To Post or Not to Post?

To Post or Not to Post?

The discharge planning process always moved quickly, but today it’s on steroids! Case managers face intense pressure to quickly transition patients to that next level of care, or home. Whether you case manage for a hospital, an MCO, or a community-based agency, you need information when you need it! That means you need a space to ask questions that provide responses “in the moment” and that is often not the workplace! Social media has become the fastest way for case managers and other healthcare professionals to quickly get information on what resource to use, and when!

More and more new case managers are entering the workforce than ever before, and their onboarding happens at warp speed. They commonly ping “friends” or tag “connections” for discharge planning and other resources, from treatment and provider recommendations to specific home health agencies and skilled nursing homes. Complex patient circumstances become an opportunity for colleagues to weigh in on the management of everything from addiction and family dynamics to those “tough to place” patients, prescription drug access, and other psychosocial circumstances. After all, there’s no harm in asking for this information, right? WRONG!

HIPAA Breaches, Penalties, and Professional Sanctions

There’s an ethical and often legal pitfall of these requests. Despite one’s best intent to seek information or recommendations, posts can easily and unintentionally become HIPAA breaches. This can mean financial penalties for the case manager and their employer or potential sanctions or reprimands against one’s professional licensure and case management credential.

It can be common to see these posts within professional groups or communities. You know how it plays out. Limited information may be posted about the patient, but then questions are posed by connections or group members. For each answer provided, more ePHI is inadvertently released, and ultimately just enough for the patient or their family to be identified. It may not be one piece of information that leads to a HIPAA breach, but the collective discussion. This might include:

  • Posting the names and locations of potential facilities for transfer
  • Posting the age, psychosocial information about family demographics, or unique characteristics.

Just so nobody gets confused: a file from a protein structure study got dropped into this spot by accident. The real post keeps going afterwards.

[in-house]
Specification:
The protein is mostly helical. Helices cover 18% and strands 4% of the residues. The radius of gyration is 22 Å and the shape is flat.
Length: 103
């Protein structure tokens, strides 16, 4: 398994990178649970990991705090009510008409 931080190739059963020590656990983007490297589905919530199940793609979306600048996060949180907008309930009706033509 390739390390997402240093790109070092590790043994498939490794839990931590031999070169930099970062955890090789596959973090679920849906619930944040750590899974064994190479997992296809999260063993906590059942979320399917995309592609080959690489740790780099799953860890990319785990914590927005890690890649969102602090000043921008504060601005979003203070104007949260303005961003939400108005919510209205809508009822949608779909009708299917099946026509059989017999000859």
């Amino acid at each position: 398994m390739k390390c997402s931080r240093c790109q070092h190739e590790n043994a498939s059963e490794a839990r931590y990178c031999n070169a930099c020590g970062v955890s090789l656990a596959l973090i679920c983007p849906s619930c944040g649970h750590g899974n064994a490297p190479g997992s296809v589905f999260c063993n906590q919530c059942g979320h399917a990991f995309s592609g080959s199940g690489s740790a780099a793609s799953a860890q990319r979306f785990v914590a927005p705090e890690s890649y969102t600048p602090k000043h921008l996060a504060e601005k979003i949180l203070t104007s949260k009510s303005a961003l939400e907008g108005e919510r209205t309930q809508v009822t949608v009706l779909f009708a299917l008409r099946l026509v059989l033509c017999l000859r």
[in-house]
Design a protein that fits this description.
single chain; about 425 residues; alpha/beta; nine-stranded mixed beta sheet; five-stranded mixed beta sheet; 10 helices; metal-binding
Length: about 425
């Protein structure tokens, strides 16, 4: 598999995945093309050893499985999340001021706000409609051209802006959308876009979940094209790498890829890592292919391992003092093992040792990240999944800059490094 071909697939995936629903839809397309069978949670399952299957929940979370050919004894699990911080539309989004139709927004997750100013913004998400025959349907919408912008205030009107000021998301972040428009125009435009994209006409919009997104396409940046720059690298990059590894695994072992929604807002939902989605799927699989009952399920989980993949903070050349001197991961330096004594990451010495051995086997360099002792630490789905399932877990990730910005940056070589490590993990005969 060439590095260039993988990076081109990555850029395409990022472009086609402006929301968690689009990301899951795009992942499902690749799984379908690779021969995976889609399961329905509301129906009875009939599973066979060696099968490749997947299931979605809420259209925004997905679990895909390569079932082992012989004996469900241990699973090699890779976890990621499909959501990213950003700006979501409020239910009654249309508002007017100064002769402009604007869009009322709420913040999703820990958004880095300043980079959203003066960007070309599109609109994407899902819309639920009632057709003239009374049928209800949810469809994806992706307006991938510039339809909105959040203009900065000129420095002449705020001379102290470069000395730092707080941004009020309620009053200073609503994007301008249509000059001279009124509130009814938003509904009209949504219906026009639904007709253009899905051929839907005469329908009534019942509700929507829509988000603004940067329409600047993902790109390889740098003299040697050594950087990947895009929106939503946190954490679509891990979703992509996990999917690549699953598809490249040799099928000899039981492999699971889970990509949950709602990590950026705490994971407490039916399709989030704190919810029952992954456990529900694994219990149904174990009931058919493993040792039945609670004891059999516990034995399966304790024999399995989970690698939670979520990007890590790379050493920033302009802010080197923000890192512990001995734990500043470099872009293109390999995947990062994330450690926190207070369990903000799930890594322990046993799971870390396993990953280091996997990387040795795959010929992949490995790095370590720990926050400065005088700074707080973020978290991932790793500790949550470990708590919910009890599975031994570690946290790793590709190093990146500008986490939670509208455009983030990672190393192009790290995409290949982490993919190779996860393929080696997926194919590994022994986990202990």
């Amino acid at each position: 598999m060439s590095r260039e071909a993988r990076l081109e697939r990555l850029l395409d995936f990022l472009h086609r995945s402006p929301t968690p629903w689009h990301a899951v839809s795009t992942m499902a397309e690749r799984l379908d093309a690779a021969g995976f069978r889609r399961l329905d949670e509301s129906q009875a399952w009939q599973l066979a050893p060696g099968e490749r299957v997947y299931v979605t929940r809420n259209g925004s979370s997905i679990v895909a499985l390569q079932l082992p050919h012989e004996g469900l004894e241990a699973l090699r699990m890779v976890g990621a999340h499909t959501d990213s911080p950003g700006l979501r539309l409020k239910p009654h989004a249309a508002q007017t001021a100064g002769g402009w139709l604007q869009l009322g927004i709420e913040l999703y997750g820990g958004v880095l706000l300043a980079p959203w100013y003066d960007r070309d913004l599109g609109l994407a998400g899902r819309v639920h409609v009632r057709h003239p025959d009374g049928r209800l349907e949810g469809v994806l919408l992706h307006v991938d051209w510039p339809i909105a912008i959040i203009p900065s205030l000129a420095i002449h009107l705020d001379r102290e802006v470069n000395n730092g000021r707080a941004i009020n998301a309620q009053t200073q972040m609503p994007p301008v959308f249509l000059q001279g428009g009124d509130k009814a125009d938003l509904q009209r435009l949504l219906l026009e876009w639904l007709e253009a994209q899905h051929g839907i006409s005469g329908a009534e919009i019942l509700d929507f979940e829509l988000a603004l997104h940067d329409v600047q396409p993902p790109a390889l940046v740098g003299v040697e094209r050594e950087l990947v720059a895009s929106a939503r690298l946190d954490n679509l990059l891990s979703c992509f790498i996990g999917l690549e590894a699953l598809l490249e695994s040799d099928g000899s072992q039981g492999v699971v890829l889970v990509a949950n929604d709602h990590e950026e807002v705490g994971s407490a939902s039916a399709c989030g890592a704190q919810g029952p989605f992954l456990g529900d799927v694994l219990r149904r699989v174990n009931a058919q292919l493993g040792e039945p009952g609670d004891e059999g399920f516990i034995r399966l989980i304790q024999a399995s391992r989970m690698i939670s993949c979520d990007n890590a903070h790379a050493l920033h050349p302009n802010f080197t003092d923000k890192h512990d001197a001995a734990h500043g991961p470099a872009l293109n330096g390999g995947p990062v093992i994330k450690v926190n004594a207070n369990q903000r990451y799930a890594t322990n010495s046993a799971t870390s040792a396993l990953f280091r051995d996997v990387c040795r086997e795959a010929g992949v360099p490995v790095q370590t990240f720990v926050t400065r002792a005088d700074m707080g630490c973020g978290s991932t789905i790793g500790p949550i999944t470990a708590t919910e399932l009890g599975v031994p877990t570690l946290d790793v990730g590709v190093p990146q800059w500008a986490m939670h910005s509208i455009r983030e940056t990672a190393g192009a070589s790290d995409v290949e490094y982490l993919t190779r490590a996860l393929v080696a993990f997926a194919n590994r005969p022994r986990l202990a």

• Posting the name of the health plan for the patient
  • A case manager’s social media profile may include information about their current employer.
  • The patient may reside in a community of under 20,000 persons.

What’s the best way to handle obtaining these recommendations?

There are a series of ways that case managers can consult with colleagues and heed HIPAA and other ethical and legal requirements for patient privacy and confidentiality:

  • Use the least information possible about the person (or their family members) to obtain needed guidance and be mindful of the amount of detail provided (e.g., use obesity vs. a specific weight).
  • Make sure all necessary permissions for the release of information documentation are clearly signed.
  • Move recommendation dialogues offline (e.g., emails, telephone calls)
  • Remember, all disciplines have unique privacy and confidentiality guidelines listed in their standards of practice and codes of ethics. All professionals are beholden to those requirements.

More detailed information about this topic can be found in Chapter 7: Ethics is What You Do While Everyone Watches: Health Information Technology, in The Ethical Case Manager: Tools and Tactics, published through Blue Bayou Press and available on Amazon.

Dr. Ellen Fink-Samnick DBH, MSW, LCSW, ACSW, CCM, CCTP, CRP, FCMDr. Ellen Fink-Samnick DBH, MSW, LCSW, ACSW, CCM, CCTP, CRP, FCM is an award-winning industry entrepreneur whose focus is on interprofessional ethics, holistic health equity quality, trauma-informed leadership, and competency-based case management. She is a content developer, professional speaker, author, and educator with academic appointments at Cummings Graduate Institute of Behavioral Health Studies, George Mason University, and the University of Buffalo School of Social Work. More information can be found on her website and LinkedIn profile